Alcohol: why do we drink it? People have been consuming alcohol for at least 10,000 years. And when drinking water was rather risky, alcohol seemed a much safer bet. Amaldus of Villanova, a 14th-century monk, even wrote that alcohol “prolongs life, clears away ill humors, revives the heart and maintains youth”. 

Today people will give you many reasons for their decision to drink and most of these reflect the effects it has on mind and brain. But before you get too sozzled, one thing is for sure: it is certainly not a safer, healthier bet than water.

1. It tastes nice

It depends on what you are drinking (some drinks like alcopops contain more sugar) and people obviously have different taste preferences. The fact that ethanol is...

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Pomegranate Fizz

By The Mindful Mocktail on

Ingredients

  • 60 mls pomegranate juice
  • Half a lime cut in wedges
  • 6-8 mint leaves
  • 250 mls diet ginger ale

Method

  1. Place lime wedges and pomegranate juice in a tall glass. Muddle until all the juice has been pressed out of the lime. If you don’t have a muddler, use the back end of a wooden spoon or similar.
  2. Clap mint leaves together in your hands a few times to release the scent and add to the glass. Give the mint a gentle press a couple of times with the muddler.
  3. Add plenty of ice to the glass and top with ginger ale. Stir well.
  4. Garnish with pomegranate seeds, mint and lime.


For more recipes like this, follow @themindfulmocktail on Instagram

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Watermelon, Strawberry & Lime Mocktail

By The Mindful Mocktail on

Ingredients (serves 2)

  • 2 cups watermelon 
  • 8 strawberries
  • 1/2 cup lime juice

Method

  1. Place all ingredients in a high speed blender and blend until combined.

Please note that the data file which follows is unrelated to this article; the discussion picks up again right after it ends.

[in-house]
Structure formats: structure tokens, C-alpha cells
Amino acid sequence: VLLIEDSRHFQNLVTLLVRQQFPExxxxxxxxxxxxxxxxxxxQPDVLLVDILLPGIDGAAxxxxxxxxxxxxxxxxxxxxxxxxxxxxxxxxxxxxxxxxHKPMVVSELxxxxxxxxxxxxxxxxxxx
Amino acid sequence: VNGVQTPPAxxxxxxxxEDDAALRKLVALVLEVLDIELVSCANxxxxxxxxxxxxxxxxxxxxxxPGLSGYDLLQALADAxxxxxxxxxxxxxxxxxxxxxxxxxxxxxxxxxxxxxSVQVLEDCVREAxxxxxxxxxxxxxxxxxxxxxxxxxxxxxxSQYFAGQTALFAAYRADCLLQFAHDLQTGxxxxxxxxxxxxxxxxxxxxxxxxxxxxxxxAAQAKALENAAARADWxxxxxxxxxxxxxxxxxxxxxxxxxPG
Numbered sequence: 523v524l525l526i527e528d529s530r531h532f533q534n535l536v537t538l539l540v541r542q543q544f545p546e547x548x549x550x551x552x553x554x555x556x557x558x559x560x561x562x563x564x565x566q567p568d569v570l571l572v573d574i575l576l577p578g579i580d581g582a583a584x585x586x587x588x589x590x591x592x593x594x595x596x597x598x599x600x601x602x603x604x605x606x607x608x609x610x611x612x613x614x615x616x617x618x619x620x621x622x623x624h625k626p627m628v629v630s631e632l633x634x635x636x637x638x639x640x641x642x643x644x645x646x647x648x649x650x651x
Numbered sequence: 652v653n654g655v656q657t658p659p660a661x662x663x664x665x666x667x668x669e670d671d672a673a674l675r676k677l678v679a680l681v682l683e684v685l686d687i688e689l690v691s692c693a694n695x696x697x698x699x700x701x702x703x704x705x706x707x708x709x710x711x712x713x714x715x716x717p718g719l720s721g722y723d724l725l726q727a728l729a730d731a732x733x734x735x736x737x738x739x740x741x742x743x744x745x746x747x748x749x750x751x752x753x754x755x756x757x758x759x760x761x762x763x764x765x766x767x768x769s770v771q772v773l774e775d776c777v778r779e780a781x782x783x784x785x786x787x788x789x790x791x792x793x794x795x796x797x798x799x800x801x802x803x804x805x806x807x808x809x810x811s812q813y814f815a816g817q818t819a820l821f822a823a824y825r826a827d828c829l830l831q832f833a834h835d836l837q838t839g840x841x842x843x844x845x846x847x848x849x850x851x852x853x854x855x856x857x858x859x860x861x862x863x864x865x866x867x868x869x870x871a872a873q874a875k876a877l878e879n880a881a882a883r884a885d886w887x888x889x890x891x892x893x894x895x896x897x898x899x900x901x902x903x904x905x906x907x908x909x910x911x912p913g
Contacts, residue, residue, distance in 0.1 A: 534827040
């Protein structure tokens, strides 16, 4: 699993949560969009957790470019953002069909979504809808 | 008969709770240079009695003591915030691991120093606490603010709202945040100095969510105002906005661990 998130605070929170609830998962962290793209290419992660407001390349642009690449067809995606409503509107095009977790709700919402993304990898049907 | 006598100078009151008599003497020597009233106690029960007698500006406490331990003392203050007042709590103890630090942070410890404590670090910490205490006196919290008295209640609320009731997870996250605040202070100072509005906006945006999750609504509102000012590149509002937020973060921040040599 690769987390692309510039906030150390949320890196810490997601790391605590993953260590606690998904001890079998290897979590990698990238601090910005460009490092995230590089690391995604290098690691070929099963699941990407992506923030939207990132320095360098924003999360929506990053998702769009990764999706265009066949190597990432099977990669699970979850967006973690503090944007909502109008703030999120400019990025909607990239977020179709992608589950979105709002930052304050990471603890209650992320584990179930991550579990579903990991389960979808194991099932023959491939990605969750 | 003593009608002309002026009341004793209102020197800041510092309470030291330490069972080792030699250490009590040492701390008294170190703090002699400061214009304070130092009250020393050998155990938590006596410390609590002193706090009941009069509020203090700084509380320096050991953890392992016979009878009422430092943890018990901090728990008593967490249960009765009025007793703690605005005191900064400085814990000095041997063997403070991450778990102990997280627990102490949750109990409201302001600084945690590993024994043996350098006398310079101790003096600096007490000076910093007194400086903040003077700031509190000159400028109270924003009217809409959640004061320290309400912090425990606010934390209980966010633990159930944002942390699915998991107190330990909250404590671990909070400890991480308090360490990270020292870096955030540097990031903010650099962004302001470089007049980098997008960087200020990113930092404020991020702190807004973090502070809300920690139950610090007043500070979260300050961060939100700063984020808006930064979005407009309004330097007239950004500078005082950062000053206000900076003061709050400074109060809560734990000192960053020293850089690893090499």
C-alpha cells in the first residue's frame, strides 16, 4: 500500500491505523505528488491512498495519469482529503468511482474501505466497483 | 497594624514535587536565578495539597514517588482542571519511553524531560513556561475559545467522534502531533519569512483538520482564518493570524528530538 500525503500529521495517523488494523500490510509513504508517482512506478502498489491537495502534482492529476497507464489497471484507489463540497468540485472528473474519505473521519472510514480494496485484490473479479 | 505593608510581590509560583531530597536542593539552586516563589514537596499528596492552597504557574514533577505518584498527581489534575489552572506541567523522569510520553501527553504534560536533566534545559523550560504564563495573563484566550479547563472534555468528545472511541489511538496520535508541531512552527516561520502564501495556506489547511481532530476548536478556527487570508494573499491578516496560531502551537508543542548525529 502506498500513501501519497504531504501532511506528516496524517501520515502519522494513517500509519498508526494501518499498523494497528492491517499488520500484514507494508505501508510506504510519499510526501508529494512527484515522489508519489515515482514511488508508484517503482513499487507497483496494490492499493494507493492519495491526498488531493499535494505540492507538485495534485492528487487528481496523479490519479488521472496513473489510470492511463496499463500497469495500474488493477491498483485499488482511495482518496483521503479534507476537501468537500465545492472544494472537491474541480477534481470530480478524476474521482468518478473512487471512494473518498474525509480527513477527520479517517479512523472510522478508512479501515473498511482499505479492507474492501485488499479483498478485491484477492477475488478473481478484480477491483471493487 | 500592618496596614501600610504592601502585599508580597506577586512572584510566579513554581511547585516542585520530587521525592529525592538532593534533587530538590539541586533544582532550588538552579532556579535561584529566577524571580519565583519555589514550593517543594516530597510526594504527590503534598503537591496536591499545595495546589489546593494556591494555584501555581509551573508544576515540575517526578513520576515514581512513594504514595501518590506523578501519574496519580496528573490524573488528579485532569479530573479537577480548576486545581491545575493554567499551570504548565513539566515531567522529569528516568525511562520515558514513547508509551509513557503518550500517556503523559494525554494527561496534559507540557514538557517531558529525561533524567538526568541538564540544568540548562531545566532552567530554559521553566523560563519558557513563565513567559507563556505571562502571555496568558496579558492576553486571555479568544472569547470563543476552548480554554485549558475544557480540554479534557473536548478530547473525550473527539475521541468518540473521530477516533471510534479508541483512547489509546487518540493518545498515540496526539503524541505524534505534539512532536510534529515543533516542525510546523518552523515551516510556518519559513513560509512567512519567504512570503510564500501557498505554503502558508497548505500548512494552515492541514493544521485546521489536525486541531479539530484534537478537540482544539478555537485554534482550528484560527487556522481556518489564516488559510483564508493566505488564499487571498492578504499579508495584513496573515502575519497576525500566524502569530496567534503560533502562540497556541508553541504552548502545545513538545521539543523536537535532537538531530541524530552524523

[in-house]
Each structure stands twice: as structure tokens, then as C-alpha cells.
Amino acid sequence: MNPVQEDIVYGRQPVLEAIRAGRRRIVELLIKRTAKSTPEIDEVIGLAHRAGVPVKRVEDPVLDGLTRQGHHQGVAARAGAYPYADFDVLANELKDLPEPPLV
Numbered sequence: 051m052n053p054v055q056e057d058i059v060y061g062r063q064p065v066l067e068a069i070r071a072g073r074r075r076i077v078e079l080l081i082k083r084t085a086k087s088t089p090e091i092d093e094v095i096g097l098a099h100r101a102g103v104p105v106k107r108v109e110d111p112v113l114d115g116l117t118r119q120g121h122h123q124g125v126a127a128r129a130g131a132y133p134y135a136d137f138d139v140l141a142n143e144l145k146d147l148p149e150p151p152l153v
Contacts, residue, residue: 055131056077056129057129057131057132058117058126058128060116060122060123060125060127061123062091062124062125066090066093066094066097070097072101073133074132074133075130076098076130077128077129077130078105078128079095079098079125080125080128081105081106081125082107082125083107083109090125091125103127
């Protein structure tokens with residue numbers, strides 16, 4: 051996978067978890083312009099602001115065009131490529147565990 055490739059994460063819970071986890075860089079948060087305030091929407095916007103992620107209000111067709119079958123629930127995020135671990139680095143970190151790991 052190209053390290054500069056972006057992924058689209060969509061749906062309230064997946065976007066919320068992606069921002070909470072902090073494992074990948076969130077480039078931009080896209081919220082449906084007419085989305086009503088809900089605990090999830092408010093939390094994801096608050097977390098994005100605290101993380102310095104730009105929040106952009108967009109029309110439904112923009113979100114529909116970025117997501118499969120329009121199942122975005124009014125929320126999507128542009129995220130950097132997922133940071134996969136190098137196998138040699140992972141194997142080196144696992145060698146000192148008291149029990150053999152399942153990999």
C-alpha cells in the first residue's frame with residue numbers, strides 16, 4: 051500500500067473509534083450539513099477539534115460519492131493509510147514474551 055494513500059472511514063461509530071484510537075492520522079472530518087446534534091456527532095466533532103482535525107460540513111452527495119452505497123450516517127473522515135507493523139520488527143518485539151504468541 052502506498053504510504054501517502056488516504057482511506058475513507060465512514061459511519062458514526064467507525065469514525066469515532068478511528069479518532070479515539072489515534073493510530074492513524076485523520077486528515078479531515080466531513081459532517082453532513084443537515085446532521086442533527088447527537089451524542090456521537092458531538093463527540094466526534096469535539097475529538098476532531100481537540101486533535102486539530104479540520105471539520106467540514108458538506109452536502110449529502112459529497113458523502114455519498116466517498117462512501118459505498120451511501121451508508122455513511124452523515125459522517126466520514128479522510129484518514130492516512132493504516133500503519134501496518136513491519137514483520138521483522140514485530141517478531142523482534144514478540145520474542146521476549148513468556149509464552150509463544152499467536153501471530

2. Pour into an ice filled glass and garnish. 

Tip: Add some mint for extra kick! 


For more recipes like this, follow @themindfulmocktail on Instagram

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Beer before wine and you’ll feel fine? No you won’t says new study

By Kai Hensel on

Plenty of us have been there: waking up after a night out with a thumping headache, feeling sick and swearing never to touch alcohol again. If only there were a way to prevent these terrible hangovers.

It isn’t uncommon for us to mix our drinks, maybe a beer in the pub before moving on to wine. Folk wisdom has something to say about this: “Beer before wine and you’ll feel fine; wine before beer and you’ll feel queer.” This idea is very prevalent and versions of it occur in many languages. In my native country, Germany, for example, we say: “Wein auf Bier, das rat’ ich Dir—Bier auf Wein, das lass’ sein.” This translates as: “Wine on beer, I’ll advise you to drink beer on wine.” 

But it turns out that there is no truth to these...

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My problem with your drinking: Australia’s hate-love relationship with alcohol

By Paul Harrison on

In the 2015 annual alcohol poll, 34% of Australians said they drink to get drunk, 43% said they had vomited as a result of drinking and 75% said Australia has a problem with excess drinking or alcohol abuse. 

But in the same Foundation for Alcohol Research and Education poll, 92% of Australians identified themselves as responsible drinkers. 

As the young people might say, what the …? A majority of Australians agree we have a problem with alcohol. But almost all say it’s not a problem of theirs – it’s a problem that exists somewhere outside of their world. 

There are both contradictions and abstractions in this discussion. But it makes perfect sense to me.

It’s simply easier to say others are flawed than admit you might be...